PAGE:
India's small malls are increasingly turning into ghost malls as consumers move towards online purchases and bigger shopping centres for a better experience, a consultancy report said on Tuesday.

Mall properties with a vacancy rate of more than 40% have been termed ghost malls.

While there was a 238% year-on-year increase in the Gross Leasable Area (GLA) of all shopping centres in prime Indian markets in 2023, the number of ghost malls rose to 64 from 57 in 2022, said real estate consultancy Knight Frank India.

Industry analysts said this reflected weak consumer demand and could lead to job losses and economic dislocation, particularly for small retailers and service providers.

Private consumption, accounting for 60% of India's gross domestic product (GDP), has remained weak, rising 3.5% year-on-year in the last quarter of 2023 while the economy grew 8.4%.

"Many of the small shopping malls are on the verge of closure," said Gulam Zia, director of Knight Frank after the release of the "Think India Think Retail 2024" report based on a survey of 29 top cities.

There has been a sharp rise in low-performing retail assets with 13.3 million square feet of shopping space remaining vacant, resulting in the loss of 67 billion rupees ($802.5 million) of revenue for developers in 2023, the report said.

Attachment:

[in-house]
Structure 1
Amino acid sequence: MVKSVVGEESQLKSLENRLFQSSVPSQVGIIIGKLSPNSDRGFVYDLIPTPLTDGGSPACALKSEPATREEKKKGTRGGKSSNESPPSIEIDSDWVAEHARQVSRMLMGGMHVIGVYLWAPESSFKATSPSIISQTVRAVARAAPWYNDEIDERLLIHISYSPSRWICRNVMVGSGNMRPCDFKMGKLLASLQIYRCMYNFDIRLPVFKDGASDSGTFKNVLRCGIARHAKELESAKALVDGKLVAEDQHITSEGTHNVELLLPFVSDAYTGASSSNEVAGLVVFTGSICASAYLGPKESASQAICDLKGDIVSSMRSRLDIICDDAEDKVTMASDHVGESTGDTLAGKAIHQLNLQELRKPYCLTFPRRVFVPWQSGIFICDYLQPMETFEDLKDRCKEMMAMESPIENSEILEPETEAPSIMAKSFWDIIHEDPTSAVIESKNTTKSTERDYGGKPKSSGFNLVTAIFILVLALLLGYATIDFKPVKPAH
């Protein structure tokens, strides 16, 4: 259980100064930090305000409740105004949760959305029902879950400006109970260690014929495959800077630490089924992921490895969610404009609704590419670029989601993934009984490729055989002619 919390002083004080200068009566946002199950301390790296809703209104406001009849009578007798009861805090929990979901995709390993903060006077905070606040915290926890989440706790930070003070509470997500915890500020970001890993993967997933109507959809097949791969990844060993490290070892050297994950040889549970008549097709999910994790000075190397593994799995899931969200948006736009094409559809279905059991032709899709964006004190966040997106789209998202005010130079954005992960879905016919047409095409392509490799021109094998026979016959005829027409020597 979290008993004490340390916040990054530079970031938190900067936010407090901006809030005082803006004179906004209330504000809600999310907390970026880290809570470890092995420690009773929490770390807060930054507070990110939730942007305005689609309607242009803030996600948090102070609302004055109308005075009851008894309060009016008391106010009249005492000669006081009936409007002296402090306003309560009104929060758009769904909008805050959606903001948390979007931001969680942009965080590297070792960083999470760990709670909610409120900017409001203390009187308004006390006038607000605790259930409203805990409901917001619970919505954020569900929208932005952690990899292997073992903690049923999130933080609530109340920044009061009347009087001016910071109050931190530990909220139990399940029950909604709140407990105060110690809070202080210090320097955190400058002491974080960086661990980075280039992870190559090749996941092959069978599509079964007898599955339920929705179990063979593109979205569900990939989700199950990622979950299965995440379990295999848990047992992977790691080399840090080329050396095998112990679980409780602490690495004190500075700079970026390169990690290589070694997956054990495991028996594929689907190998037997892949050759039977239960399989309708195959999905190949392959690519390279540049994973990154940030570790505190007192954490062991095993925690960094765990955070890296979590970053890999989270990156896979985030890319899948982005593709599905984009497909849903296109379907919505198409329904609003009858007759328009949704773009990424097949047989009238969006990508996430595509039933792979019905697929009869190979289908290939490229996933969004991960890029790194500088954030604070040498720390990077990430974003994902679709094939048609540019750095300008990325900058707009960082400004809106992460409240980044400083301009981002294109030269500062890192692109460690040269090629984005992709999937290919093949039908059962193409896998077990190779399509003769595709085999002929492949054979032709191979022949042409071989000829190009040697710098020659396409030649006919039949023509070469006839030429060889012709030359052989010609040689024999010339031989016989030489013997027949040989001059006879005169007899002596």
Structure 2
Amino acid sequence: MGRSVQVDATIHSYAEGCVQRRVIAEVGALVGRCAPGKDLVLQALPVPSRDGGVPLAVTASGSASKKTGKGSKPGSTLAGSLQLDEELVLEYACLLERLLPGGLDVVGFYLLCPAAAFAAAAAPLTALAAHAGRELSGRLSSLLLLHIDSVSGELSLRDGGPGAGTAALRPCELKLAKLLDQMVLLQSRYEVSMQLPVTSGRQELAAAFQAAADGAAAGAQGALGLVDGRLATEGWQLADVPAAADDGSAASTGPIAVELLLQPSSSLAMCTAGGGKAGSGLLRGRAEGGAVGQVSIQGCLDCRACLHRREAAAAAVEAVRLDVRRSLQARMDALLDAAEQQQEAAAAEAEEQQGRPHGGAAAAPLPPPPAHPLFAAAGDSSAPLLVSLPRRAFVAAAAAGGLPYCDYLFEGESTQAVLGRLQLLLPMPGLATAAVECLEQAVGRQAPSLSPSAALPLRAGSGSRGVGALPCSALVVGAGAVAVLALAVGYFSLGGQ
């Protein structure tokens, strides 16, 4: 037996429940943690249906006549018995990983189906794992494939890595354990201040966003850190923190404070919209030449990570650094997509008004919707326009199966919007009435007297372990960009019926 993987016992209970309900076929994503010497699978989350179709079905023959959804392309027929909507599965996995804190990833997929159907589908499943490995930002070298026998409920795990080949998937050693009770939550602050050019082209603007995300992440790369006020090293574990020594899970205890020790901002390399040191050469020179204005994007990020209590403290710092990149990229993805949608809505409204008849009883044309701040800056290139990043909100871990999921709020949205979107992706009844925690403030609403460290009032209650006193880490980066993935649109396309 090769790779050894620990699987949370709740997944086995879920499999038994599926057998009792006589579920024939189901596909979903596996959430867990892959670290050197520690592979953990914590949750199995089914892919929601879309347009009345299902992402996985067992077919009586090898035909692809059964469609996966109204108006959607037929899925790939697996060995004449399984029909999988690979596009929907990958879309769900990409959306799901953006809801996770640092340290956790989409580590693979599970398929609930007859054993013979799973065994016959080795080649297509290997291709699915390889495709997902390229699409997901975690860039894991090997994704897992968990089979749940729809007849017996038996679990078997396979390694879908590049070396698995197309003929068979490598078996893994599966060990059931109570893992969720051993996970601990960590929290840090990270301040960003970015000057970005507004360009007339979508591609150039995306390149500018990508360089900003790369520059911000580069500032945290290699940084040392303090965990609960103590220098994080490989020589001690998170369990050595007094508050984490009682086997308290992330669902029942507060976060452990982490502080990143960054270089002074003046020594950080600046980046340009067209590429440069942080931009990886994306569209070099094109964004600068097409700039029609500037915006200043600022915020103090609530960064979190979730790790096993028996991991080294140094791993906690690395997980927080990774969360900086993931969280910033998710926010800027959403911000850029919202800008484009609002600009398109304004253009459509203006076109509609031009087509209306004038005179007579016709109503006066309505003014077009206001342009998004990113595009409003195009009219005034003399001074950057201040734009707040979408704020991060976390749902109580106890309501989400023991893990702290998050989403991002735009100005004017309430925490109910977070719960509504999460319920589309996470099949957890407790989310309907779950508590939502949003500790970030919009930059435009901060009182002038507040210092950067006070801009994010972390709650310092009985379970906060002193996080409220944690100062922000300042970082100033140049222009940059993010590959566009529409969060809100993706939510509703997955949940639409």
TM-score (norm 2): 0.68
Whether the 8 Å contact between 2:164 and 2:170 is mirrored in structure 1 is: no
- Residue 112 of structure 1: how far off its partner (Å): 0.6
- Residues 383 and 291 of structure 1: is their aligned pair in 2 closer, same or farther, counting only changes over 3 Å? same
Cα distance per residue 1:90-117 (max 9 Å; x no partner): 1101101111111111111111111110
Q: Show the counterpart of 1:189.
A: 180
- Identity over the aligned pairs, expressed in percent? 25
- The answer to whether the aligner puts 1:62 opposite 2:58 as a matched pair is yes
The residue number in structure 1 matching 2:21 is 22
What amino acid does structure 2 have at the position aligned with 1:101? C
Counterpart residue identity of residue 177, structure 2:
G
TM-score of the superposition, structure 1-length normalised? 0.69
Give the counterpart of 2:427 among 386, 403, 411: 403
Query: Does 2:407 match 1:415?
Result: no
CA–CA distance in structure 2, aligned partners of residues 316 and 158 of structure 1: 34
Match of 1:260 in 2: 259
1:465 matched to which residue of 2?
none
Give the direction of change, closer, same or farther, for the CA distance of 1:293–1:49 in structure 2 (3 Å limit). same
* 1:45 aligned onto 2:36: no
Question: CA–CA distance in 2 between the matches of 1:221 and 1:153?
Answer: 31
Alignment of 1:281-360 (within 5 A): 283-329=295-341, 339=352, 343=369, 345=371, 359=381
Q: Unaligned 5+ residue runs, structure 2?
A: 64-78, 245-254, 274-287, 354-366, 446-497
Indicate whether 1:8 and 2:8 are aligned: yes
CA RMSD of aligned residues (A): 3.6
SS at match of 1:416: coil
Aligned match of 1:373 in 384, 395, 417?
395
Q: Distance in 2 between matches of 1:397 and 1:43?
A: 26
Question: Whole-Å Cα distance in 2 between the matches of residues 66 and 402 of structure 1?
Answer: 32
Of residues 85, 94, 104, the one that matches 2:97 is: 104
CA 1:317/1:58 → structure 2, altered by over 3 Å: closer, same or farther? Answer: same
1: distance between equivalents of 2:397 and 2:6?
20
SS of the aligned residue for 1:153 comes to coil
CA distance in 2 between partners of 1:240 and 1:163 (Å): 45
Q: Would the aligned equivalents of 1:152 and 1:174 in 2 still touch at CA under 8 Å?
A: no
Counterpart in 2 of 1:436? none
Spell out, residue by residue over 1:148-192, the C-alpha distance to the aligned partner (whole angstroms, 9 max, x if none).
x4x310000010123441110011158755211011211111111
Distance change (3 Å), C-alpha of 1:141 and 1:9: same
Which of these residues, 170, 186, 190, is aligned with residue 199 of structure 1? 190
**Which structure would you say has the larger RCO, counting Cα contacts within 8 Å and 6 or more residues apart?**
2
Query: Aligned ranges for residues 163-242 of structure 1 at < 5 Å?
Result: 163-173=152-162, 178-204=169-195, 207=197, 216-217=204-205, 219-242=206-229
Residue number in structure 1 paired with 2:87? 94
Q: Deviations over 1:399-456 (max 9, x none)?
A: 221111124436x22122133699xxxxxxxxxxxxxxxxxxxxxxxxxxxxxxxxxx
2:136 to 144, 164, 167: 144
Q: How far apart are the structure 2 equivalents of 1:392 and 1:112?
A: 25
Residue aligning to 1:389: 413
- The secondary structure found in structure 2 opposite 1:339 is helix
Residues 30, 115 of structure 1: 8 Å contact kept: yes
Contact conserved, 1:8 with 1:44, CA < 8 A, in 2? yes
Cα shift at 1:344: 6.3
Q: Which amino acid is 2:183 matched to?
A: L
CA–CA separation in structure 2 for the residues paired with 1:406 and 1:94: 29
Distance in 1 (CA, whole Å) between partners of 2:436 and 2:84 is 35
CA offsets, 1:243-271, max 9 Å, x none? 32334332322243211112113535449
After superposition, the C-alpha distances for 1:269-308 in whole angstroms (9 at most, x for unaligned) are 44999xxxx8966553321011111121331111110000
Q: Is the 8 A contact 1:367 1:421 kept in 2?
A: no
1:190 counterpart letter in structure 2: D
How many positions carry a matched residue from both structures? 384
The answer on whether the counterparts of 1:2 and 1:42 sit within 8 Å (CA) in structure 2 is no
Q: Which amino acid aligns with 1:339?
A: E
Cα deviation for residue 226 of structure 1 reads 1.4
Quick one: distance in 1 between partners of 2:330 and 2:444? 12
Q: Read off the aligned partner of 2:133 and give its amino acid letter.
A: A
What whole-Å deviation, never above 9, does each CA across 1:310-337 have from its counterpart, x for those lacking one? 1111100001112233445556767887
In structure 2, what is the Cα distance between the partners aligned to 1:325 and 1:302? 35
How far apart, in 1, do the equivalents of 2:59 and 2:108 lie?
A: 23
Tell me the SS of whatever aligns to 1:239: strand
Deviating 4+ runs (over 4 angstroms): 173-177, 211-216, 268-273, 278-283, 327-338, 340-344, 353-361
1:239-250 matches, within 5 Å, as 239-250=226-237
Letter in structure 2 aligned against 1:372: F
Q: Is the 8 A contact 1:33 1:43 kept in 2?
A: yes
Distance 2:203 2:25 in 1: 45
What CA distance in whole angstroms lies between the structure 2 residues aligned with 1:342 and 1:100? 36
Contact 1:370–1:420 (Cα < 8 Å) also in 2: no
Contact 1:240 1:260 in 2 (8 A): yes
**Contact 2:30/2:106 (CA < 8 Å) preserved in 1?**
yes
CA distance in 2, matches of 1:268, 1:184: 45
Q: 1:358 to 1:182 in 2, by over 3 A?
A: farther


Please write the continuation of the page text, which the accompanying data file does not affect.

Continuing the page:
Unable to match the convenience and diversity of large shopping centres, many small mall owners are caught in a downward spiral of declining revenue, Zia said.

Among small shopping centres, with an average leasing area of 100,000 square feet, 132 are on the verge of turning into ghost malls - with the vacancy rate rising to 36.2% in 2023 from 33.5% in the previous year, the report said.

However, among bigger shopping malls, with an average leasing area of 500,000 square feet, the vacancy rate remained at 5%, and at 15.5% among middle-level shopping malls, it said.

In the top eight cities, including Delhi, Mumbai and Bengaluru, the total number of shopping malls declined to 263 in 2023, with eight new retail centres added but 16 shut down.


($1 = 83.4846 Indian rupees) (Reporting by Manoj Kumar; Editing by Kirsten Donovan)